Not for the first time, Active marveled at the pilot’s intuition, and at his utter lack of grace in dealing with the insights it brought him.  Cowboy might sense that fishing, berry picking and caribou hunting were the least of their reasons for coming here, but it was none of his business.  “We probably oughta get unloaded,” Active said.

He helped Grace climb onto a float, then extricated himself from the torture chamber known as the rear seat of a Super Cub and clambered ashore, stamping and stretching to unkink his muscles.

Cowboy walked onto the float and began emptying the cargo pod under the Super Cub’s belly and the space behind the back seat: food in cardboard boxes, two cased rifles, two fishing rigs, a bright orange Arctic oven tent, a Woods Yukon single-double sleeping bag, camp stove and fuel, cooking gear, and all the other impedimenta required to support human life in the Arctic.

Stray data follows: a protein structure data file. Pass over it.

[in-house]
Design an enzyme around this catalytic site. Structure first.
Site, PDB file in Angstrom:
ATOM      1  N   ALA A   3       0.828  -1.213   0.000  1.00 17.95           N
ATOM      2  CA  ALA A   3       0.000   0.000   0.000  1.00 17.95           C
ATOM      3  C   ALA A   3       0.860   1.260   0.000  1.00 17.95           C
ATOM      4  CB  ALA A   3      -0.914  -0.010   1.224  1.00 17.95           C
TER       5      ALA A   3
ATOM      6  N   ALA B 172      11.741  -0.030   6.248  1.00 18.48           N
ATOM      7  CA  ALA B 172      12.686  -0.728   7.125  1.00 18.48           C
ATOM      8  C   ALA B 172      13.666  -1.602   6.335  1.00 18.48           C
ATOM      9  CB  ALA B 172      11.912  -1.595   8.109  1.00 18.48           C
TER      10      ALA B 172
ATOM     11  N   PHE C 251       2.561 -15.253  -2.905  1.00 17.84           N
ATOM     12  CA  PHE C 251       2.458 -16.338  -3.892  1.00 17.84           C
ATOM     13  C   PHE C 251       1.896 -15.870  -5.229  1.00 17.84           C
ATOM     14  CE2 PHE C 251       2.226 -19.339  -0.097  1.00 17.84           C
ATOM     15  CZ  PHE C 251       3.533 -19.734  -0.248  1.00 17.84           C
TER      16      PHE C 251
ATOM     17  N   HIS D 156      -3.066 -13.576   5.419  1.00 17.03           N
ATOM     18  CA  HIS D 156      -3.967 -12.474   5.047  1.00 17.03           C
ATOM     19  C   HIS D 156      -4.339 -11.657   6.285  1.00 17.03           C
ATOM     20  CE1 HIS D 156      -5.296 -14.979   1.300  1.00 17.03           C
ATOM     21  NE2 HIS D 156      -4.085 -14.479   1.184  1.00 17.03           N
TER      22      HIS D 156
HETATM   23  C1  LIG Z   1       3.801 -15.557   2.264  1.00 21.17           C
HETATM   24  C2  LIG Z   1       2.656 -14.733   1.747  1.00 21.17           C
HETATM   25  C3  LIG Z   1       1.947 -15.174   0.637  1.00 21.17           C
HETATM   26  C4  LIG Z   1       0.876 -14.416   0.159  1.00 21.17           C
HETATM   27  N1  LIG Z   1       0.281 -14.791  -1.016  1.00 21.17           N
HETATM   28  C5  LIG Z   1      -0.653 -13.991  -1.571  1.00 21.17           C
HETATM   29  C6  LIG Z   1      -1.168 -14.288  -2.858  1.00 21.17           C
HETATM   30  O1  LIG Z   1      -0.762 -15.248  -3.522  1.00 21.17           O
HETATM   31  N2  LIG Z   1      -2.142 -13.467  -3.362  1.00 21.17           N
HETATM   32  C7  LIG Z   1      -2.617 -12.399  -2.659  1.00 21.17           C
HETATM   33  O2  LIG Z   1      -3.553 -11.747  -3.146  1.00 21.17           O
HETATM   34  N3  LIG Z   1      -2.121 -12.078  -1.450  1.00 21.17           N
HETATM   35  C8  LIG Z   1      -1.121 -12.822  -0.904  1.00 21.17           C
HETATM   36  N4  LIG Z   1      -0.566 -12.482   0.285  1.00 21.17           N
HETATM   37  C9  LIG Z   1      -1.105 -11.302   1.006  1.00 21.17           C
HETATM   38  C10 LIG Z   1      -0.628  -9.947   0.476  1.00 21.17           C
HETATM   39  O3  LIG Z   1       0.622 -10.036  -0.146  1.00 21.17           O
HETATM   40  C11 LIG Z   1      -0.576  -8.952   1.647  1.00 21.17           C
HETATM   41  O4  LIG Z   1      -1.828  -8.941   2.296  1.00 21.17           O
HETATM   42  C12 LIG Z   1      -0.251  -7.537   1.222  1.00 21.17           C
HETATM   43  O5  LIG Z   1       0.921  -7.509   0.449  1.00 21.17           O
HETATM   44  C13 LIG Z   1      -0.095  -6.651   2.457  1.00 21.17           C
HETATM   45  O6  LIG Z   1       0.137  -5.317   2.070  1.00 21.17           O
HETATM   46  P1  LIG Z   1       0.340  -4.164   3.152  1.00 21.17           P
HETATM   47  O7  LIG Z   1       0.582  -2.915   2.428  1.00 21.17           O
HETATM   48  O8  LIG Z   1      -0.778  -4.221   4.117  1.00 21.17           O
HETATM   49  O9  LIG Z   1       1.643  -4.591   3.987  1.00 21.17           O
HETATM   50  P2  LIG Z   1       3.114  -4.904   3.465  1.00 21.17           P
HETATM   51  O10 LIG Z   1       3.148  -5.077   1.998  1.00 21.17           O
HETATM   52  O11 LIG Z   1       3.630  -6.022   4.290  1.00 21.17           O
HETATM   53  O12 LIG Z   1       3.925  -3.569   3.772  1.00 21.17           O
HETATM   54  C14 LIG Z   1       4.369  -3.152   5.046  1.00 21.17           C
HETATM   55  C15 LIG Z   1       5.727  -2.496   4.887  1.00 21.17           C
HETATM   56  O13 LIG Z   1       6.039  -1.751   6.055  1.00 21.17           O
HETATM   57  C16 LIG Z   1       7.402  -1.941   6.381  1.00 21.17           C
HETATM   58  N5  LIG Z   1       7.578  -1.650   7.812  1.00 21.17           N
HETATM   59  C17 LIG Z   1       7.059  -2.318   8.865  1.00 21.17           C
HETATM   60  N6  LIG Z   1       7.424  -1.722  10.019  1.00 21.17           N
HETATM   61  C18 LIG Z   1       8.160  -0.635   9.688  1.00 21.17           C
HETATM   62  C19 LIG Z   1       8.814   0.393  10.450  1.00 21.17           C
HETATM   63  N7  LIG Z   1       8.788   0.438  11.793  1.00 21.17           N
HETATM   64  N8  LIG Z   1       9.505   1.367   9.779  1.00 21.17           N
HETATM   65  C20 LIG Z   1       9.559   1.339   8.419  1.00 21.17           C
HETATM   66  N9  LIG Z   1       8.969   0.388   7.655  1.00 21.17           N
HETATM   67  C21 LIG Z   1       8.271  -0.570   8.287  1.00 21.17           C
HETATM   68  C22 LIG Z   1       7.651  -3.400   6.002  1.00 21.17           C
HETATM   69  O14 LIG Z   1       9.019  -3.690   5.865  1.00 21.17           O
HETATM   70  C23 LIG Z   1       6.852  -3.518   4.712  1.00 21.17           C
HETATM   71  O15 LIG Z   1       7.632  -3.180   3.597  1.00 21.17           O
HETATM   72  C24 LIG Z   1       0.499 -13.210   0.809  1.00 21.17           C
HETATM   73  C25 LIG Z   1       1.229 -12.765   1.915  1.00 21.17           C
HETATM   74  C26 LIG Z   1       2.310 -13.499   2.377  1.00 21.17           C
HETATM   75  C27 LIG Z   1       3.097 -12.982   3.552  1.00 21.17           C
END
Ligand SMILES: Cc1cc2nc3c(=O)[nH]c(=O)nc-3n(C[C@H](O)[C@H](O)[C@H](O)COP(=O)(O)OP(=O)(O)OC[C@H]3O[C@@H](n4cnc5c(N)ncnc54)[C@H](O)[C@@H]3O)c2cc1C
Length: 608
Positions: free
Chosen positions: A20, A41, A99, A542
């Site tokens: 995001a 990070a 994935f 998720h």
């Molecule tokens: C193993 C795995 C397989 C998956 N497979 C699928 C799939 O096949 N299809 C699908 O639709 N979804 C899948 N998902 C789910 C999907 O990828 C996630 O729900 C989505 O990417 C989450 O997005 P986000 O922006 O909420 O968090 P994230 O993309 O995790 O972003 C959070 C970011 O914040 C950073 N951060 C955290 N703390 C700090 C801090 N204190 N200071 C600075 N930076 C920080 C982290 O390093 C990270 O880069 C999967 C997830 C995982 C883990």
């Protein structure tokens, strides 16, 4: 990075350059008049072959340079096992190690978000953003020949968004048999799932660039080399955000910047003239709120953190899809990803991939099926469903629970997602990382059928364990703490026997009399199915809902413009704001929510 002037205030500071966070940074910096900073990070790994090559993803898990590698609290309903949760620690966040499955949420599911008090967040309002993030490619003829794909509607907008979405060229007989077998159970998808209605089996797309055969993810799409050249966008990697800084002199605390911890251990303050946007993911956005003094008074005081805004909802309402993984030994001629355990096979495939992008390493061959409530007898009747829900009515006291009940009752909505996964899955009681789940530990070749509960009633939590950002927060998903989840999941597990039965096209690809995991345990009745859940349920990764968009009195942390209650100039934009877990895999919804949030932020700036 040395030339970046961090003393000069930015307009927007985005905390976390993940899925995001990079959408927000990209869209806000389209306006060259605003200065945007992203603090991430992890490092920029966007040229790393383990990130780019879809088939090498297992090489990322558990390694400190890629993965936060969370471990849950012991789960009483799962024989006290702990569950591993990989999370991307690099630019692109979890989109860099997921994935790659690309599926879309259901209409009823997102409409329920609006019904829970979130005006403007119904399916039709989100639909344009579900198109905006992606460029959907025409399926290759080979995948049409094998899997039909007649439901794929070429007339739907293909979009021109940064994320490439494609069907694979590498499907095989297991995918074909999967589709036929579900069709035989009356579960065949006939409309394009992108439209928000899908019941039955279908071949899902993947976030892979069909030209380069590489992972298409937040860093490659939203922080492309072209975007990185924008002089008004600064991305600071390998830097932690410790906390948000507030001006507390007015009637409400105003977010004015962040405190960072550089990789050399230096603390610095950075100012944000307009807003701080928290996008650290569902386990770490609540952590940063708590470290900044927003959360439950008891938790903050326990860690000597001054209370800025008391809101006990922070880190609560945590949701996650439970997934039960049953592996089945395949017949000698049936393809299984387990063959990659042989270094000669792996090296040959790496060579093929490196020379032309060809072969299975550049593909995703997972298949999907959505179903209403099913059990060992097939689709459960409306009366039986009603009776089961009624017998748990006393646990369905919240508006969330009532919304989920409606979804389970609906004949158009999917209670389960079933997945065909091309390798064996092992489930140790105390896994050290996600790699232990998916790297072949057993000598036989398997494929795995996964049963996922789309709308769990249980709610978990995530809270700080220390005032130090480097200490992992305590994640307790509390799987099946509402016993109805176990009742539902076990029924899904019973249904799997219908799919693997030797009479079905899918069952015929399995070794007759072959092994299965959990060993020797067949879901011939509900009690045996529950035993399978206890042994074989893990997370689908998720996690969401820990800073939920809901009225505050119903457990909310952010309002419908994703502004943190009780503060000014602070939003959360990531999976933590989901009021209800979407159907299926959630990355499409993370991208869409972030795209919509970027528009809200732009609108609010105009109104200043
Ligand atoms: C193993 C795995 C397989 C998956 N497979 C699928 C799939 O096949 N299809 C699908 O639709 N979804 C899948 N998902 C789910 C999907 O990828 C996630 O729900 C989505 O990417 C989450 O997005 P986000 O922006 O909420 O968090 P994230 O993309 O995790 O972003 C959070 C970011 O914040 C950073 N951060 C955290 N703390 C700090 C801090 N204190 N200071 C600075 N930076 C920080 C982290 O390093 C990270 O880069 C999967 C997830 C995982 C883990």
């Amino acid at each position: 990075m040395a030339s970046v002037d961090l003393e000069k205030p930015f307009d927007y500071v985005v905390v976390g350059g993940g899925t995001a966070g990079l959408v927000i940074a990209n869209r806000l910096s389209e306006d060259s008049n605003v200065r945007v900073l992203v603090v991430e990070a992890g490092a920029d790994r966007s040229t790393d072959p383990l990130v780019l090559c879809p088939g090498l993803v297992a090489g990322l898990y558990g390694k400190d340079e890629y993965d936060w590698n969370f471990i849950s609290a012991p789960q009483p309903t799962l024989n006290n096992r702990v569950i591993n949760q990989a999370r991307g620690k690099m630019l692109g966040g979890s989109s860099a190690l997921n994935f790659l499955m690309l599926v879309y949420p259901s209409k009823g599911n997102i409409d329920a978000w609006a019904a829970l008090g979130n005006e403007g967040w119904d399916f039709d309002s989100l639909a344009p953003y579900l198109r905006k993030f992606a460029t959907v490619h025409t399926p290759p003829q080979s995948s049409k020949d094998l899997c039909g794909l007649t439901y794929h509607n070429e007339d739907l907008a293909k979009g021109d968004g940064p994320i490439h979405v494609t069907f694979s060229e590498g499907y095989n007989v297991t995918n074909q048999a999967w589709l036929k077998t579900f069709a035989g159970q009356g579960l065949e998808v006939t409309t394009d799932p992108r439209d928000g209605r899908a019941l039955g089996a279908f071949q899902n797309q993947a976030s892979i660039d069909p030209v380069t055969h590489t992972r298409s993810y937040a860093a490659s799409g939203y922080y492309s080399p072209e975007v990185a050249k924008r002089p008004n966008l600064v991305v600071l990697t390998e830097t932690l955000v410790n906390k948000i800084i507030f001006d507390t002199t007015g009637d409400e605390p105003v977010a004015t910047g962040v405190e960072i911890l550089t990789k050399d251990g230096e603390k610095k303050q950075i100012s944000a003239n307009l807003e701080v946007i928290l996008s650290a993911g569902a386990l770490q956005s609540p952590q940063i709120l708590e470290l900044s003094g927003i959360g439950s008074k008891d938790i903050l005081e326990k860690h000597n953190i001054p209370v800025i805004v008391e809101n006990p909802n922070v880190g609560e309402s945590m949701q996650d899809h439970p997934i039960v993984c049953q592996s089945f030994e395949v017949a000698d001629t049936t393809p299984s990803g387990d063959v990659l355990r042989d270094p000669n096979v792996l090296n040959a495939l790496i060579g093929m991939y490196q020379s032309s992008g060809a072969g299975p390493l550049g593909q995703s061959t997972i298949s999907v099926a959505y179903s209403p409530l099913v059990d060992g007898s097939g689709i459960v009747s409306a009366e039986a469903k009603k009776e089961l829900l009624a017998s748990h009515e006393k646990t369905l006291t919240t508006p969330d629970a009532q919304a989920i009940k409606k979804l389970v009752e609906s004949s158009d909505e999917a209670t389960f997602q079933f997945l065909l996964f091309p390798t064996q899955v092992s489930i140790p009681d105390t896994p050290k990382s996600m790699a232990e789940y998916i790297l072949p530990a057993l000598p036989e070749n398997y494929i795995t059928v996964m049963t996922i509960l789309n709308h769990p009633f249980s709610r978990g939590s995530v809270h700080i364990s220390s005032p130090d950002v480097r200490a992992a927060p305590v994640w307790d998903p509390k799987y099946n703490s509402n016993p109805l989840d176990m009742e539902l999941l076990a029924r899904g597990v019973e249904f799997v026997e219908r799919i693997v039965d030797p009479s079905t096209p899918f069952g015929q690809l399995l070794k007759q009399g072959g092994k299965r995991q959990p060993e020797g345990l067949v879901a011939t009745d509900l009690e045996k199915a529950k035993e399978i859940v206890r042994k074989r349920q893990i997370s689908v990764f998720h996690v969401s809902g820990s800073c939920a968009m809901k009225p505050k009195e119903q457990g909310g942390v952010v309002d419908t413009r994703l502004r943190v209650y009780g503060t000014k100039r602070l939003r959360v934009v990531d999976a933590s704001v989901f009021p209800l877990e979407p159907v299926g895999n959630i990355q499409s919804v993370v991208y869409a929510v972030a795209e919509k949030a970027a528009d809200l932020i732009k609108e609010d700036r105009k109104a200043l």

Active and Grace ferried gear ashore until finally the plane was empty.  Cowboy untied the Super Cub, waded into the shallows, walked the plane back until it was floating, then swung the nose around to point across the lake.  “Okay, you two, I’ll see you in a week.  Enjoy yourselves, huh?”  His eyes twinkled behind the steel-frame glasses and the grin reappeared.

It was not reciprocated.

Cowboy shrugged.  "If you run into any trouble, just set off your EPIRB and somebody'll be along to check on you."  They nodded and he  climbed into the plane.

He cranked up and taxied to the face of the cliff, then turned and put on full power, filling the bowl with the roar of his engine as he accelerated toward them.  They watched as the pilot got onto step, hoisted one float clear of the water, then the other, and cleared the trees at the end of the lake.